When Will It Be Done - Part 8
The variant of the Question within the giant-screen community is “When will you have a rough cut?” People want to give input, get a sense of the film etc. I can see the disappointed look in people’s eyes when I announce “there never will be a rough cut.”
Most all films, including giant-screen films, are made by shooting as much footage as possible and editing down to a final cut. Pure CGI animation films are completely created via audio and preview animations in pre-production. With both films, you have something to look at and show very early in the filmmaking process. And after editing, you have the proverbial rough cut.
I’ve edited well over 100 rough cuts for everything from a 10-second promo to a feature film. I love rough cuts and the process of refining a fine cut. But for a rough cut you need, well, footage that you can edit. Which means choices of footage: shot A or shot B? How long should shot A be? What if we moved shot C in front of shot A? And so on.
For In Saturn’s Rings, the final render of each shot is one take at the final speed and duration of the shot. For a small minority of shots, a little bit of the head or tail might be trimmed, or other minor changes might be feasible.
The rough cutting of In Saturn’s Rings all happens while working with the still photographs, before the animation ever starts. Here, resolutions are checked, layers built, animations imagined, and then final decisions made for what stays and what goes. My “cutting room floor” is full of takes, but these are all just still images, not fully rendered takes. I only fully animate what will be final in the film. Otherwise the film would take forever. Literally.
The only editing changes in the film have already been made. I had major ankle injury in February 2014, resulting in two surgeries, one of which caused me to miss two months of work. This was the same period when we lost the first SDSS team leader and had to have the new team start from scratch.
At that point, the film’s “found-footage illustrated script” included a journey to our Moon and back, recreating the journey of Apollo 17. This was possible because of the huge amount of high-resolution footage from Apollo and the Lunar Reconnaissance Orbiter I had found. But the source of my love of space and Saturn was not Apollo. It was Titan, Saturn’s largest moon, where the Huygens lander, carried by Cassini, set down. Our first landing on an alien moon.
In 2014, Ian Regan, a key UK-based image-processing volunteer on the film, chatted with me about wealth of Titan imagery coming down from Cassini via radar, cameras, and other instruments. Knowing the film was delayed, I chose to cut the Apollo 17 sequence and replace it with Titan. This was painful, as the Apollo 17 sequence represented about nine months of the film’s work to date. But since Titan was at the heart of the film’s inspiration, and now that we have the final high-resolution imagery, it was a great call. And I found a slot to use about 30 seconds of the Moon imagery in the finale of the film.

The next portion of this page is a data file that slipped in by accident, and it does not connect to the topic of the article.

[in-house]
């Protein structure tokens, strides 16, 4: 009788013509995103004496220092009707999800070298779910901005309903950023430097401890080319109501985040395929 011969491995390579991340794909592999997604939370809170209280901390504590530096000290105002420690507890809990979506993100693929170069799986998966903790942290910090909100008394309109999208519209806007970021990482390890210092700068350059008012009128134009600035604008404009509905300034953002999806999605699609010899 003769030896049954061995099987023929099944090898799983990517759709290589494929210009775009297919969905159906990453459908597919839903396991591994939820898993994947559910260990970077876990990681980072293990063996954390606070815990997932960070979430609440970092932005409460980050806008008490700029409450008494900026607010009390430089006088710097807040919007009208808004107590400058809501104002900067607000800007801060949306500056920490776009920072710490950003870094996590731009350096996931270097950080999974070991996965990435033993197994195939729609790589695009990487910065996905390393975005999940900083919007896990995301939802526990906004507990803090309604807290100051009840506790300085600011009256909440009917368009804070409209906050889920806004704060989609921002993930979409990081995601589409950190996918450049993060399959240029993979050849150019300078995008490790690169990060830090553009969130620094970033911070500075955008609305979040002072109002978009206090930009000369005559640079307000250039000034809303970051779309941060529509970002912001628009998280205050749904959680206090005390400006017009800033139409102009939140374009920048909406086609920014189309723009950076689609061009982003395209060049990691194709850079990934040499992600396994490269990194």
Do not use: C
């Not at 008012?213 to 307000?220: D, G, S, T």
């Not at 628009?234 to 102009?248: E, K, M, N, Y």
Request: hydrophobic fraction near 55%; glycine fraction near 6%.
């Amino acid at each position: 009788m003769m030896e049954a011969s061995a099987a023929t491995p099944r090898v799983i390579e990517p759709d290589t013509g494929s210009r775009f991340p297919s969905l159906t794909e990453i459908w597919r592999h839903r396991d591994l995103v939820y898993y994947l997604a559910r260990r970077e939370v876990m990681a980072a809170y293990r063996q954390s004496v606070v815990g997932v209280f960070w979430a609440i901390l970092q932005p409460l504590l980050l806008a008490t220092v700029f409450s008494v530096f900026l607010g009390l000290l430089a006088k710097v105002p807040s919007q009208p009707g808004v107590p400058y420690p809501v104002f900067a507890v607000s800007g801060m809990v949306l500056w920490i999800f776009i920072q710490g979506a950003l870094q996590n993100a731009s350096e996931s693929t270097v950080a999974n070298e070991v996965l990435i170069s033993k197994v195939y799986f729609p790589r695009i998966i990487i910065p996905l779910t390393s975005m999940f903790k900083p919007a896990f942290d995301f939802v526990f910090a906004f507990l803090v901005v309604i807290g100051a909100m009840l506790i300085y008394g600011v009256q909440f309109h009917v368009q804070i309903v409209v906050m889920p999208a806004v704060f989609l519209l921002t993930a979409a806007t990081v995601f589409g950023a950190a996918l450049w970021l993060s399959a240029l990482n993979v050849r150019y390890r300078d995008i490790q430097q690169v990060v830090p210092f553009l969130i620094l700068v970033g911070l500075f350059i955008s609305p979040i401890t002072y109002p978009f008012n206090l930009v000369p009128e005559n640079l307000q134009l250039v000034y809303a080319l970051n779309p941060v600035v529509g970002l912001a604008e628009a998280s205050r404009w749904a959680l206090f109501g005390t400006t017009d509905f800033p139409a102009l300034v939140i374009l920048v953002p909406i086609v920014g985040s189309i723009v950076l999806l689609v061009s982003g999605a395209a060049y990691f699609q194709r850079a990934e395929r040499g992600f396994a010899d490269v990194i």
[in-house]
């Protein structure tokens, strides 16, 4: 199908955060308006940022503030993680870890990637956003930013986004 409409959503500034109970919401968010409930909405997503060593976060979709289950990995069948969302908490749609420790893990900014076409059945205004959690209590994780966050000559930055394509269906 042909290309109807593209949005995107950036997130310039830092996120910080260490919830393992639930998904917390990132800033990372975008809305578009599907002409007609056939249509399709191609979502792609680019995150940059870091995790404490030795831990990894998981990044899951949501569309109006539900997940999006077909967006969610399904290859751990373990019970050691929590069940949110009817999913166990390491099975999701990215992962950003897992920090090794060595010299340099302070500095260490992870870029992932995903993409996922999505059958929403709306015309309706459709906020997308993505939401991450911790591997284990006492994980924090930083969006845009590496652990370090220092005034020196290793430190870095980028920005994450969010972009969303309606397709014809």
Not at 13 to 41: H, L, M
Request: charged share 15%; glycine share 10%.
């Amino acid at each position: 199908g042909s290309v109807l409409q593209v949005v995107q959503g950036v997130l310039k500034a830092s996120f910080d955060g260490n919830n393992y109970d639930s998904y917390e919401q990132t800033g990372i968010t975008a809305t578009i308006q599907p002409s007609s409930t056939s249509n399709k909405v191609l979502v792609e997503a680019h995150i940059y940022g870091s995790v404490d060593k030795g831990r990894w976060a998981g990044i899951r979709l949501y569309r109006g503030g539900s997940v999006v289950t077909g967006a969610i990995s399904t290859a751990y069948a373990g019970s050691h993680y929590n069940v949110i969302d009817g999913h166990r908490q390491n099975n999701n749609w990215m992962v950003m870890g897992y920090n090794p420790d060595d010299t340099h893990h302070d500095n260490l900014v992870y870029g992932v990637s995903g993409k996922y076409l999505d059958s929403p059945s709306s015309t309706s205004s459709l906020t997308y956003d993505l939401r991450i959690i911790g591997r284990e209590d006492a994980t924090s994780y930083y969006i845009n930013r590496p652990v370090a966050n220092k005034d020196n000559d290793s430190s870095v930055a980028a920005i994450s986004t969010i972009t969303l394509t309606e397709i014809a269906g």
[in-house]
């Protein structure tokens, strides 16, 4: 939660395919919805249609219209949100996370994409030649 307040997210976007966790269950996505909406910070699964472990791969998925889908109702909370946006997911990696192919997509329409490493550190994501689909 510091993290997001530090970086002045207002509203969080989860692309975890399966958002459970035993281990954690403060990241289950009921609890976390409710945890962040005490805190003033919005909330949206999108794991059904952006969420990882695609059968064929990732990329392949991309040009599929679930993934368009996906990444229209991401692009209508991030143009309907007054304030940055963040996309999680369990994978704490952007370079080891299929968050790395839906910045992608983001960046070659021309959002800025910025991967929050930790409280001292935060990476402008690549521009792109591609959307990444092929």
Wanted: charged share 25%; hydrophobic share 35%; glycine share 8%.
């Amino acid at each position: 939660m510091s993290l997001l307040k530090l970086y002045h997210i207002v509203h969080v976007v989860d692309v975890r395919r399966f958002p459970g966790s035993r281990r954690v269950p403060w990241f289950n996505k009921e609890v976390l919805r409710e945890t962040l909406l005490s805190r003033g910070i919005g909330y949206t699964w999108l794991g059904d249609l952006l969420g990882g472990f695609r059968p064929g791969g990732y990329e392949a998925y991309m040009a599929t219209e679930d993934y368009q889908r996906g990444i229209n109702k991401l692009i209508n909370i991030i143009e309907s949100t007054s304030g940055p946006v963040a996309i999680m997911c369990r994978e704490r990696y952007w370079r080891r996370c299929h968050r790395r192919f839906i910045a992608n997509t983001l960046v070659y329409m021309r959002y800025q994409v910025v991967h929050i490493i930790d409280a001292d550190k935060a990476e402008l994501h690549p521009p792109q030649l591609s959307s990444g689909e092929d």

The second edit was the original finale, the last five minutes of the film. My first concept of “Earth with Saturn’s Rings” started to appear in several YouTube clips from other people who had the same idea independently of me. I had mixed feelings about this concept even before this, since this animation required making a visual composite that was not based on science fact and blurred the “no CGI” line. Fortunately, only one month of work had been put into it.
A new finale has been written and processed that is even more powerful. But you can see why the film won’t be edited. Edits to a single shot can mean weeks, months, or even years of work.
To avoid complete catastrophes in the filmmaking process, I created the “check render.” It is a simplified 3- to 10-second render using small sets of data in a simple multi-plane photo-animation to check resolution, color, etc. with a subset of photographic layers (planes) before the final go-ahead to proceed with the complete process for a shot.
Only about 20% of the material in the current trailer is final footage from the film (mostly Saturn); the rest is check renders. This will be true until the film is complete.
The final renders are built in layers — the planes of multi-plane animation. The editing decisions are made here, prior to final renders. This editing, like any editing, continues until very late in the film. The rough cuts consist of folders with thousands or, in some cases, millions of images, massive photographic planes and check renders. It’s unwatchable as film and requires a great deal of imagination to see what you are looking at.
This basic fact is the biggest challenge to the film as it’s taken great faith by people supporting the film that it is going to turn out as advertised.
Part 9 – read it here!